One reason we have this problem is because seminaries focus on godly training in hermeneutics, systematic theology, and many other disciplines including the understanding of the Greek and Hebrew manuscripts. I remember some of those days fondly, and some of them as exhausting. Regardless, the problem is not in what they did teach, but in what they did not teach. Most seminaries have no teaching on how God gave us the gift of creativity, how the beauty of art points people to the beauty of God, and which artists in the Bible are significant for understanding the role of art in God’s economy. The reason is that the leading theologians for the last several centuries were largely modernists. It is no fault of their own. It was the water they were swimming in. It brought great strides in emphasizing logic and systematic theology, but also lost sight of the artistic, the creative, and the beautiful within God’s plan.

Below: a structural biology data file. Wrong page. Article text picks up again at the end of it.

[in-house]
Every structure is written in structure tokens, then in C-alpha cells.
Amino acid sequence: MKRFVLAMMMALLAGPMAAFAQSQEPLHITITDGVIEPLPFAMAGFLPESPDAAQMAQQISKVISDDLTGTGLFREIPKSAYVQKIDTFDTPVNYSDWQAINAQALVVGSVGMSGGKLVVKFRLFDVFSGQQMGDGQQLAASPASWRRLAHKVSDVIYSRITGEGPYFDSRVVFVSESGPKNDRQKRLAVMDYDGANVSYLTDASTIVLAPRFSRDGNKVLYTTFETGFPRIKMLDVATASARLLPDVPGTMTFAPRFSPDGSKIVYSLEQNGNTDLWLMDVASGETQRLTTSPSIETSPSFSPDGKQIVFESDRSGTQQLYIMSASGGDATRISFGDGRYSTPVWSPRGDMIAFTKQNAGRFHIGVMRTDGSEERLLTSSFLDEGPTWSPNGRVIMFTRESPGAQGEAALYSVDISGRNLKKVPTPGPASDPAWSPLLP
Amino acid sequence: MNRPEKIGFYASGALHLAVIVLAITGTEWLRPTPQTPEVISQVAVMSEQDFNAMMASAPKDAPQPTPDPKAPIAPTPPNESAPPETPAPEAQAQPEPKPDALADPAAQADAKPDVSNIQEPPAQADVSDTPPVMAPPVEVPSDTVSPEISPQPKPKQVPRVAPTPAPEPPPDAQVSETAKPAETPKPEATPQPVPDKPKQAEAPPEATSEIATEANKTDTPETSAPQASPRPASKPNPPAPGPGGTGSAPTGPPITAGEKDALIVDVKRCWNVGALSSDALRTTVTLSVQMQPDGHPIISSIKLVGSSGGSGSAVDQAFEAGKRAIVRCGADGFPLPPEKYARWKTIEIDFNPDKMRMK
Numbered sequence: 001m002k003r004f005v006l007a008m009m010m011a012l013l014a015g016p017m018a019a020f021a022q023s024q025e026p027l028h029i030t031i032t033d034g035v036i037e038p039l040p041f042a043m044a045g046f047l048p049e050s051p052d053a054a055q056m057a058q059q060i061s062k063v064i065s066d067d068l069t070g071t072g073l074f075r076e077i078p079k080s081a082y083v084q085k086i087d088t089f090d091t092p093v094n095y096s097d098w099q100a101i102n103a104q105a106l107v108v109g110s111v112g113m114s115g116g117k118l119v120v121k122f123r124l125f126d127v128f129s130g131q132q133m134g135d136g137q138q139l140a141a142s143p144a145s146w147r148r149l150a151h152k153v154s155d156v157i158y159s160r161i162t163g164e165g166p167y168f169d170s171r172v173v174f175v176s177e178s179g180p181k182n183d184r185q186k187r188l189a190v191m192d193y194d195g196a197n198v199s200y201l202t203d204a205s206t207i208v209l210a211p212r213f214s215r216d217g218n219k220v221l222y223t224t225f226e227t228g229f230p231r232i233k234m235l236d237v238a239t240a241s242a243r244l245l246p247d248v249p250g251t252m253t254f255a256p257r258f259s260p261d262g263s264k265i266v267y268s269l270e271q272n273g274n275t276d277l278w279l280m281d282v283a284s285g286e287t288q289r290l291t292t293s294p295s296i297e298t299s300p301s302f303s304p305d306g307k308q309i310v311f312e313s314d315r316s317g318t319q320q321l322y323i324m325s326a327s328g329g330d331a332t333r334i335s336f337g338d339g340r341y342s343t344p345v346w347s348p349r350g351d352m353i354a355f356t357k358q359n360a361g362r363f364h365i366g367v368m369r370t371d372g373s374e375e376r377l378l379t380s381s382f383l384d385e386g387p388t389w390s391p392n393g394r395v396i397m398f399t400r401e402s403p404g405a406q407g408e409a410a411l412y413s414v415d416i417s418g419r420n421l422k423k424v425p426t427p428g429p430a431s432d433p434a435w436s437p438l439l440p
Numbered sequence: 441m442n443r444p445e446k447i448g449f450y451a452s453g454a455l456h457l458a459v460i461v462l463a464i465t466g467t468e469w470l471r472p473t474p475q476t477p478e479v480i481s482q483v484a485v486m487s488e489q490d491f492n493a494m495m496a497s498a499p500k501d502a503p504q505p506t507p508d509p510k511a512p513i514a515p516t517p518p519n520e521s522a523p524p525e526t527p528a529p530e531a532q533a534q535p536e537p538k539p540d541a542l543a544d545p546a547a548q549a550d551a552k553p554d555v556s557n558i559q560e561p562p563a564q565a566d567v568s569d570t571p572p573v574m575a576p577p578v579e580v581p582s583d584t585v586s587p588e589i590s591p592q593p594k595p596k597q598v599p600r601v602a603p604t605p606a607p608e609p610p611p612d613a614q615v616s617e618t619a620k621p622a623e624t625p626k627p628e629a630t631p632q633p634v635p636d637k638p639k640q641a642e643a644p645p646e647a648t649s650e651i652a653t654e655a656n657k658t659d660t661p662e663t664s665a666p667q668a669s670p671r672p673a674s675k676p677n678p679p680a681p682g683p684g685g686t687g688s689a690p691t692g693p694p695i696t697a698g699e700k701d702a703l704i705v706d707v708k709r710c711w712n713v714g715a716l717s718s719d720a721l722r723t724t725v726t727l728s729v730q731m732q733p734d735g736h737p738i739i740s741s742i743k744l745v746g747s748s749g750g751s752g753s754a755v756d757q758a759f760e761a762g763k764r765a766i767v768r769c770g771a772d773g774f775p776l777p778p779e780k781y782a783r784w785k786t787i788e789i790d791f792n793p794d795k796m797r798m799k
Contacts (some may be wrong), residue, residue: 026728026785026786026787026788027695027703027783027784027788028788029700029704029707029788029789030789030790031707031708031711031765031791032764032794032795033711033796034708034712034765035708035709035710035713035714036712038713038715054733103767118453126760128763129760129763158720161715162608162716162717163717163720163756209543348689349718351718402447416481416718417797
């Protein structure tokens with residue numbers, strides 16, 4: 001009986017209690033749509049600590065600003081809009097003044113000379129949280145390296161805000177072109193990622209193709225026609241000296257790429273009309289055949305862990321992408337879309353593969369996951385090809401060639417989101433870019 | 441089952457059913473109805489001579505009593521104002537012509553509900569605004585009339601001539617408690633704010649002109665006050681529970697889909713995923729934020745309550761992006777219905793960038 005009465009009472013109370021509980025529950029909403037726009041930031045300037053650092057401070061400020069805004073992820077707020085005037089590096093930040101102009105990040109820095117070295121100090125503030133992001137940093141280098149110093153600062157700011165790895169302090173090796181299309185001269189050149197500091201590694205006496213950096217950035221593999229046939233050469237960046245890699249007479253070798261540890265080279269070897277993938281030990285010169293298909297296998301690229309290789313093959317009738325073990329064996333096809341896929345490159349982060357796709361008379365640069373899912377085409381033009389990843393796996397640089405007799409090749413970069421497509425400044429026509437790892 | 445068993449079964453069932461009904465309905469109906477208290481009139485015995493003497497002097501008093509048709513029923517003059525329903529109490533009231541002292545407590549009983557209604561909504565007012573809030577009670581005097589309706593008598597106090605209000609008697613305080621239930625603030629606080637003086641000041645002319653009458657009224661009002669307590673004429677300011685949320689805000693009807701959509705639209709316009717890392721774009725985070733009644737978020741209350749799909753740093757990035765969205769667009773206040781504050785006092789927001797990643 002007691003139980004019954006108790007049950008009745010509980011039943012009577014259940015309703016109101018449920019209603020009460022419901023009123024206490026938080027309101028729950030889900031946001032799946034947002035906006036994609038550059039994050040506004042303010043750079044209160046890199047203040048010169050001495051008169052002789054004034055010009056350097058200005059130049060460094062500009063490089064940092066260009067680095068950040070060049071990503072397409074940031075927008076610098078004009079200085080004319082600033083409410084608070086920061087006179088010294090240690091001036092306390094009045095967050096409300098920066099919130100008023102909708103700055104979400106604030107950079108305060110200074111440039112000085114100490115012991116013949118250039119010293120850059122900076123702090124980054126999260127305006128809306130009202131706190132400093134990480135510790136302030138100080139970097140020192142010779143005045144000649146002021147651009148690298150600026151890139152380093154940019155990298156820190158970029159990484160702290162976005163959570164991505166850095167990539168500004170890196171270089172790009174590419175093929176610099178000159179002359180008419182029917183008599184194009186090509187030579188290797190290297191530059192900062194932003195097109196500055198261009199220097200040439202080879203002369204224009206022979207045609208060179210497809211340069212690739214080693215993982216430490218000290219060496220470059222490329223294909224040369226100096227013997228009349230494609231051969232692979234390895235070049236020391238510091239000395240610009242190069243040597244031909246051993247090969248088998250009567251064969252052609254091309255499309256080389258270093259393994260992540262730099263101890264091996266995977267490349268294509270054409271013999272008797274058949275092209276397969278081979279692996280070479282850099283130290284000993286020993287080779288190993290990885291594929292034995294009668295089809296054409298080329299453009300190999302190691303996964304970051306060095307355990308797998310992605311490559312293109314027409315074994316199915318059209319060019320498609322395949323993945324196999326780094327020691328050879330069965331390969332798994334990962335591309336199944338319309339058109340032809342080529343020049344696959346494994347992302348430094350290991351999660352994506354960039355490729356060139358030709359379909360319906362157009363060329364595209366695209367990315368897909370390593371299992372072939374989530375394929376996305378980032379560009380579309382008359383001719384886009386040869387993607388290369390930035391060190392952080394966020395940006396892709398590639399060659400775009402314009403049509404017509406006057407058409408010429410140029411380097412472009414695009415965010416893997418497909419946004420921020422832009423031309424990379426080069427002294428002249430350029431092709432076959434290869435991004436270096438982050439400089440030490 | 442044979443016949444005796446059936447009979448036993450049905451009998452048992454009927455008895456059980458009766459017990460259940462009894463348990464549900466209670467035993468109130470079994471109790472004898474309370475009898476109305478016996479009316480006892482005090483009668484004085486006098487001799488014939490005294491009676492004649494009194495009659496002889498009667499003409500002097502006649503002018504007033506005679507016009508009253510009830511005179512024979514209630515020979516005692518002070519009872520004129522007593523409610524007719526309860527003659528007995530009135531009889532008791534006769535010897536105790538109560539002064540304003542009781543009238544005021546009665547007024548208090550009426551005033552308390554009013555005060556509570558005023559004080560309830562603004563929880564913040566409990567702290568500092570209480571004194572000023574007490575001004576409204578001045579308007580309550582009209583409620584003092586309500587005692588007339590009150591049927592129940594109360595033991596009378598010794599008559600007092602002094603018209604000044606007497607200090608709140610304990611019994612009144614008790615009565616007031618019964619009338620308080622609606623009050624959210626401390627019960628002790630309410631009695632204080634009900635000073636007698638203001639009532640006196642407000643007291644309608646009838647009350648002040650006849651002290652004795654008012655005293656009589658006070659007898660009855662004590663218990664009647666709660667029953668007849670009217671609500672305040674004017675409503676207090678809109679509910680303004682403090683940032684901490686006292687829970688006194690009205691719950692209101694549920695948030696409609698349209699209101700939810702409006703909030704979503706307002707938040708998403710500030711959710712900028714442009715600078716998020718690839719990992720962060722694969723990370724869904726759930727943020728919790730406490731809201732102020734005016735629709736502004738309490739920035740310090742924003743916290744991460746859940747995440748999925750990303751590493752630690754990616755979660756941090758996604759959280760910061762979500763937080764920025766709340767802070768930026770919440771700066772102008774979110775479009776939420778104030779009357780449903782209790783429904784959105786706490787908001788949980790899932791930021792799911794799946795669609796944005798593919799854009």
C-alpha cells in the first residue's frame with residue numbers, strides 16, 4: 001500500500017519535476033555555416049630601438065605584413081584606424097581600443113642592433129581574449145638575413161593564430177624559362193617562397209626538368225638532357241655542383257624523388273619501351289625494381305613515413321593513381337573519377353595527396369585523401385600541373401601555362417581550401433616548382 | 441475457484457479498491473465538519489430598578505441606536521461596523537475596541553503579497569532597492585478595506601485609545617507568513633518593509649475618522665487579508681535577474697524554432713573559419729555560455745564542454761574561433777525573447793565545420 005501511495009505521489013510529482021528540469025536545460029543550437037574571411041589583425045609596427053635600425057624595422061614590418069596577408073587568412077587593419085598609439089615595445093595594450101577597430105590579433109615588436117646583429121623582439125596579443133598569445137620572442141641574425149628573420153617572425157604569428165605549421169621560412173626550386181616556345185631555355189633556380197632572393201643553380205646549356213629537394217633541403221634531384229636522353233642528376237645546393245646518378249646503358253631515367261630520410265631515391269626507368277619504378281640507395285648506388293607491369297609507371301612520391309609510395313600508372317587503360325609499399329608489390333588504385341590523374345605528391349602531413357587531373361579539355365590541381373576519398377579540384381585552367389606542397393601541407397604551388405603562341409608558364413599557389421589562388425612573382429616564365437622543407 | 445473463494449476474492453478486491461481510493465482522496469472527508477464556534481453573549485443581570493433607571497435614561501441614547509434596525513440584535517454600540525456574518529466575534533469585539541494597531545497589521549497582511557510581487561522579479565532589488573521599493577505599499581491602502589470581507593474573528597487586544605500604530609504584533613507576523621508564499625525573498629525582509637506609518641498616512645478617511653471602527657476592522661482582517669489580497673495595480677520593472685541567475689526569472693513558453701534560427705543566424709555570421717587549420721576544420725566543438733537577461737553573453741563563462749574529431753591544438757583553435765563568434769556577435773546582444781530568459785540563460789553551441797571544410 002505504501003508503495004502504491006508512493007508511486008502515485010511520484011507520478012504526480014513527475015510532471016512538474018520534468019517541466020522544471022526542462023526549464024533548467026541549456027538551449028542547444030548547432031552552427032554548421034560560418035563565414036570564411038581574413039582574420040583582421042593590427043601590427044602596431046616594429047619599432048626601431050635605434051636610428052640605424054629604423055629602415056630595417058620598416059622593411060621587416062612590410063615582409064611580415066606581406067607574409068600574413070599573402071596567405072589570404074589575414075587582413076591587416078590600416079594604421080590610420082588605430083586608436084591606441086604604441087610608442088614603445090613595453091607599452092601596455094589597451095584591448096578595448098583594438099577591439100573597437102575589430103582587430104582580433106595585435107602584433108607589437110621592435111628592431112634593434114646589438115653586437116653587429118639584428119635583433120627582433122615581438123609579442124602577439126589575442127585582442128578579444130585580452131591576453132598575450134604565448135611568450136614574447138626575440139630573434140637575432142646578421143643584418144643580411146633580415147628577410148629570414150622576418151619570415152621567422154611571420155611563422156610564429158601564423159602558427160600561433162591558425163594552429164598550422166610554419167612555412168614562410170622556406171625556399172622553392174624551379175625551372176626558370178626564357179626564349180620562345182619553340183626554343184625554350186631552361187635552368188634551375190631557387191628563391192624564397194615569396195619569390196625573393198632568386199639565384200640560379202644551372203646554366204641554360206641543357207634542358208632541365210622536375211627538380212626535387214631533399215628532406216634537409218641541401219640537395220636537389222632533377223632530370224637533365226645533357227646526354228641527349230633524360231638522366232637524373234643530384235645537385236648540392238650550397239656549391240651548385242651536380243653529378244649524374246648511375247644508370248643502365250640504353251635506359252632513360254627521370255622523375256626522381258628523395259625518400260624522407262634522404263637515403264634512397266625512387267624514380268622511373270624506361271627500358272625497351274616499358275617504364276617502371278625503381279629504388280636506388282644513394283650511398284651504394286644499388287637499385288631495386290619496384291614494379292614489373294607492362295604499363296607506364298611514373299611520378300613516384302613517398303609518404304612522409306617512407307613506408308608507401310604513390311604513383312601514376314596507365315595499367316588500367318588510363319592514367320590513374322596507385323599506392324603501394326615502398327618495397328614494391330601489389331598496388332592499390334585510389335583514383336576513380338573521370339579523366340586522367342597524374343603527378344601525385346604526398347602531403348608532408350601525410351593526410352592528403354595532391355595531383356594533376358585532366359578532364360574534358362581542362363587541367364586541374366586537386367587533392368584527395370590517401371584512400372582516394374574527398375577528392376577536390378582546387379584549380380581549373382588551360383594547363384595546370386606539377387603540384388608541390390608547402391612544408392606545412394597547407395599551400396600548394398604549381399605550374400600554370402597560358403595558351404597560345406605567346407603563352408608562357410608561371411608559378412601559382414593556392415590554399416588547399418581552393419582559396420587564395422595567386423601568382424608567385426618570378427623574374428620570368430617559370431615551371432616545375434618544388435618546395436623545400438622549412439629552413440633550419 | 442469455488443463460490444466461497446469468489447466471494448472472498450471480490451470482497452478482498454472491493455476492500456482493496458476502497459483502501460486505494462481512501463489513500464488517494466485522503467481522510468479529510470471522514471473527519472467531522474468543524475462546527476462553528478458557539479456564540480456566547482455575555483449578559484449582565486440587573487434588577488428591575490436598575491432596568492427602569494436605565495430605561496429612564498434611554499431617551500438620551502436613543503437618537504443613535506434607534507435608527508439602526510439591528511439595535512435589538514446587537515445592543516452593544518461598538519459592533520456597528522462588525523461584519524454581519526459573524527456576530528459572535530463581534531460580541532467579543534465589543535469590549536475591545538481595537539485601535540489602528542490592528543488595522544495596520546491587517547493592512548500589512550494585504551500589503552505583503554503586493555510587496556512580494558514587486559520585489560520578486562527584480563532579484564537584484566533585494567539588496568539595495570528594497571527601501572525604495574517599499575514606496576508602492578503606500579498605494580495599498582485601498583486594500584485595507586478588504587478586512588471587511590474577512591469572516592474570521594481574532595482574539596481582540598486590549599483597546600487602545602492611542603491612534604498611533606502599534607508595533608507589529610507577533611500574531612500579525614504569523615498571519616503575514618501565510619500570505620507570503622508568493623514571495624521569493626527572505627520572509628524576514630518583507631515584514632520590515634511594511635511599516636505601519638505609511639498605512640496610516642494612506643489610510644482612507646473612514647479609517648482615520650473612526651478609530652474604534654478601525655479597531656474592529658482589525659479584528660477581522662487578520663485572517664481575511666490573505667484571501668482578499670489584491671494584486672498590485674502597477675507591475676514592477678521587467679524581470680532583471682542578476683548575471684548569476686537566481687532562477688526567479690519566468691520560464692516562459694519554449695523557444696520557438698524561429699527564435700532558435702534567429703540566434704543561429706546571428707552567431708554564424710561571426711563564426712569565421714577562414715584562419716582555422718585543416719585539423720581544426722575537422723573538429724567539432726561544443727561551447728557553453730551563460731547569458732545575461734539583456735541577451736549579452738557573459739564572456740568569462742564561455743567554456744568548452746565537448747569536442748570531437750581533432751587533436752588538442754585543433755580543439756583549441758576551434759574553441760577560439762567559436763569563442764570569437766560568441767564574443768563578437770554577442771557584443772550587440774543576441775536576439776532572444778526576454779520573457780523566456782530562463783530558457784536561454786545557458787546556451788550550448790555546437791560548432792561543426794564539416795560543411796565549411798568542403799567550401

Finding the Common Ground

Pastors and artists are not so different. I remember having dinner with several pastor’s whose spouses were artists. What was fascinating was how similar these two different vocations are. Consider these 5 ways in which the artists you seek to minister to are very much like you:

1) Both of you craft a work of art to share with the public
2) Both of you struggle with the desire for approval and the pain of rejection
3) Both of you long to use your gifts to influence others
4) Both of you as Christians, seek to glorify God as faithful people in a changing culture
5) Both of you struggle to find your identity in Christ, instead of in your performance

Don’t Try to Be Cool

Don’t try to be cool in order for artists to like you. Just be authentically who God called you to be. Artists value authenticity, and the more successful they are, the harder it is for them to find. People all around them are vying for their attention and adjusting what they wear, and what they say so they are in the ‘in crowd’ with this famous artist. I remember a friend telling me how one man would change from his Nike shoes to Yeezy’s before going to visit Kanye West at his house, just because Kanye created the brand Yeezy. It is ridiculous. Even Kanye called him out for it and told him to wear whatever he wanted.